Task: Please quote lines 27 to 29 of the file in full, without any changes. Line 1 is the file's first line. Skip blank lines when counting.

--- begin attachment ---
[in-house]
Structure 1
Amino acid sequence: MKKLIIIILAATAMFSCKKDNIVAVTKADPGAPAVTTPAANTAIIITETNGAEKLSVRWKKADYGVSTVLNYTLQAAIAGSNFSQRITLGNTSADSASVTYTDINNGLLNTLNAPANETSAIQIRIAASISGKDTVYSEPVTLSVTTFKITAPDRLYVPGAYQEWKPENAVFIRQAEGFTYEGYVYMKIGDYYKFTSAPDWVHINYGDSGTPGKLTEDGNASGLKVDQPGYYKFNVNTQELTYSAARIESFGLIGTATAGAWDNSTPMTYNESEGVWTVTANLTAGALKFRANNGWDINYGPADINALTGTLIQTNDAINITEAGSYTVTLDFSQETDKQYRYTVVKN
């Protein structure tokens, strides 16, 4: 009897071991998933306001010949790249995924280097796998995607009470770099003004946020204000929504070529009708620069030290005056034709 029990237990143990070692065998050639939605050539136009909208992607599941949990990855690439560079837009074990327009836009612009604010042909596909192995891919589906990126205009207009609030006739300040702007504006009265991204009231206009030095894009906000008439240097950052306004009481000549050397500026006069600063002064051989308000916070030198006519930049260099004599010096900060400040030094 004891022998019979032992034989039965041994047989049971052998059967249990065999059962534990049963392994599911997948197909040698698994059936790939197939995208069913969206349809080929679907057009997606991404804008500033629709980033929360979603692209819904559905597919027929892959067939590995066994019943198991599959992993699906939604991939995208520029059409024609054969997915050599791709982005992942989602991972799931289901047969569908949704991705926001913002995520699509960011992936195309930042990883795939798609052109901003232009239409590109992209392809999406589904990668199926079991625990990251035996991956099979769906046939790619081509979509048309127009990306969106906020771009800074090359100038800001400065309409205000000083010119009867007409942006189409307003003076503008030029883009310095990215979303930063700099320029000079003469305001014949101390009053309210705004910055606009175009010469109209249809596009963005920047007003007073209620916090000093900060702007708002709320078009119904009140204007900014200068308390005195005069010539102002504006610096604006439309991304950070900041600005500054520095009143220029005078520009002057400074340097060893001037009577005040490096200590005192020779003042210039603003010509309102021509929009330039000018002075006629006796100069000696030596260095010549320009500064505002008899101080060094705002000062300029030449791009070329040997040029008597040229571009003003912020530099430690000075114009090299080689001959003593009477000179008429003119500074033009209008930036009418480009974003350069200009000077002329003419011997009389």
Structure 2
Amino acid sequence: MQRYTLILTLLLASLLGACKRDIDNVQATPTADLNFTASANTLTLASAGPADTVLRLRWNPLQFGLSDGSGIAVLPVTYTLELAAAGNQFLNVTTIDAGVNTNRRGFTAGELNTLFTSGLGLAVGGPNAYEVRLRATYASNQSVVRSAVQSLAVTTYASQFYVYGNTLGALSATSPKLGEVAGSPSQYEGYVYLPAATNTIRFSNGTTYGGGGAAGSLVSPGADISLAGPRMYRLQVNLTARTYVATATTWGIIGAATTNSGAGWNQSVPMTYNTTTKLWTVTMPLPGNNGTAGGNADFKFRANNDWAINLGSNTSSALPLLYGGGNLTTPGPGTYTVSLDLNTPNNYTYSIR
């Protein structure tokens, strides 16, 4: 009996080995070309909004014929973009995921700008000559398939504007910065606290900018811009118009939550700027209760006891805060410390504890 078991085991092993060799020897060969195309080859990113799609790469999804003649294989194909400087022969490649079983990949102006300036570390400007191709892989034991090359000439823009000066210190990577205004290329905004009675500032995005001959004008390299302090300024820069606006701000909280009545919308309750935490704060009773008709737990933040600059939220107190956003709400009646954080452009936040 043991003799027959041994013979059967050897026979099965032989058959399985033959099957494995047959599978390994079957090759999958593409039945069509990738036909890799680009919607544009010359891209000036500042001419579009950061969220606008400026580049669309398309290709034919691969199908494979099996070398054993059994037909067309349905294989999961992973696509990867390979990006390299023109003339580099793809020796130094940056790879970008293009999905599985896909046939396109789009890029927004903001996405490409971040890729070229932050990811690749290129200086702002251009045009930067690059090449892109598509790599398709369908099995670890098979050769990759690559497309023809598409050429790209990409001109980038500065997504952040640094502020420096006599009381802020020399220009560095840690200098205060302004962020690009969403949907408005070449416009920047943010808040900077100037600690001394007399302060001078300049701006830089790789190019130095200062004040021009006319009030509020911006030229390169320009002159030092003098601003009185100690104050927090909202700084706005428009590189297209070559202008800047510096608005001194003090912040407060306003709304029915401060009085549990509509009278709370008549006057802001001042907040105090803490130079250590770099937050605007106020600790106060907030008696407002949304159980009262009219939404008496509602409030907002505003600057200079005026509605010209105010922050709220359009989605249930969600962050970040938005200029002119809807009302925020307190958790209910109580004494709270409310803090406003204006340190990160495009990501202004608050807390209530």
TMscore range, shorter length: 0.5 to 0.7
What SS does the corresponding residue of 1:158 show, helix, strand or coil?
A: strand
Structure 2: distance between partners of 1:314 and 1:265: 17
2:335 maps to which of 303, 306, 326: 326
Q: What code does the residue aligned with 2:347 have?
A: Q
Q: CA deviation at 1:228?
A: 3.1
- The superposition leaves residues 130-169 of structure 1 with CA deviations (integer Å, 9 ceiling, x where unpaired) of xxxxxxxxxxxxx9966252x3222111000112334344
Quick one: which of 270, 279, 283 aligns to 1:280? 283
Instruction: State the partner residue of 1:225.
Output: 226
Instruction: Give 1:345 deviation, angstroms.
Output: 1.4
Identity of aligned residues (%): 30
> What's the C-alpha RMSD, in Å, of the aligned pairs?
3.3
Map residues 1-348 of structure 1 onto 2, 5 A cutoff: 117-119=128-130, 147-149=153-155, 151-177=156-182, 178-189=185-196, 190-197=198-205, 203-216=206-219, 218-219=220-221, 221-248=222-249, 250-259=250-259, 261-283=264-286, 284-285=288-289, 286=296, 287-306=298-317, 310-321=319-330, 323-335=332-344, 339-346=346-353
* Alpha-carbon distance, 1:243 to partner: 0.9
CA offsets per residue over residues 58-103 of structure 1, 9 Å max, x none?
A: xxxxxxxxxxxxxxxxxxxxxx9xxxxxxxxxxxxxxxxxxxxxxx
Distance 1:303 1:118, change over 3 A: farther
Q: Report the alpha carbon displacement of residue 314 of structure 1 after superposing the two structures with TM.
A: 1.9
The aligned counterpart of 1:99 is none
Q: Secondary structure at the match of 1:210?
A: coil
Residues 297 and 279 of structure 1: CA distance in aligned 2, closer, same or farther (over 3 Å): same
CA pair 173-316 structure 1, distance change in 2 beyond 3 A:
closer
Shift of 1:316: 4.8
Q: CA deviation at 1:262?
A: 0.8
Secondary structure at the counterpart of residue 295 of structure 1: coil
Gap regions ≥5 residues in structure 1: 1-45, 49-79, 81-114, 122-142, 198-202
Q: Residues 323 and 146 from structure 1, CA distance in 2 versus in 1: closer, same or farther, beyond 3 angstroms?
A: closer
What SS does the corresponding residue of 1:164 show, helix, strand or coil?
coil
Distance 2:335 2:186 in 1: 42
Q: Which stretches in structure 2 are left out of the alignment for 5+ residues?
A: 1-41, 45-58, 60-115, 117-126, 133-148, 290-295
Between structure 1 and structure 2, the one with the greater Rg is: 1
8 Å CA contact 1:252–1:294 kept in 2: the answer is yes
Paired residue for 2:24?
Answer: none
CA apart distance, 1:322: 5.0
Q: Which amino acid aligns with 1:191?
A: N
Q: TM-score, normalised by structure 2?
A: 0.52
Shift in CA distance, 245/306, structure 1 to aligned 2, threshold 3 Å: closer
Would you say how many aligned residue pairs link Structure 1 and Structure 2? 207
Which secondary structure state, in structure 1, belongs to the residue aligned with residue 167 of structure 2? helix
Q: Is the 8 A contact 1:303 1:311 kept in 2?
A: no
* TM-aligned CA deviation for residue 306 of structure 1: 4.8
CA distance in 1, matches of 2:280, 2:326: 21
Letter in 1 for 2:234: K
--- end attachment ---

* Alpha-carbon distance, 1:243 to partner: 0.9
CA offsets per residue over residues 58-103 of structure 1, 9 Å max, x none?
A: xxxxxxxxxxxxxxxxxxxxxx9xxxxxxxxxxxxxxxxxxxxxxx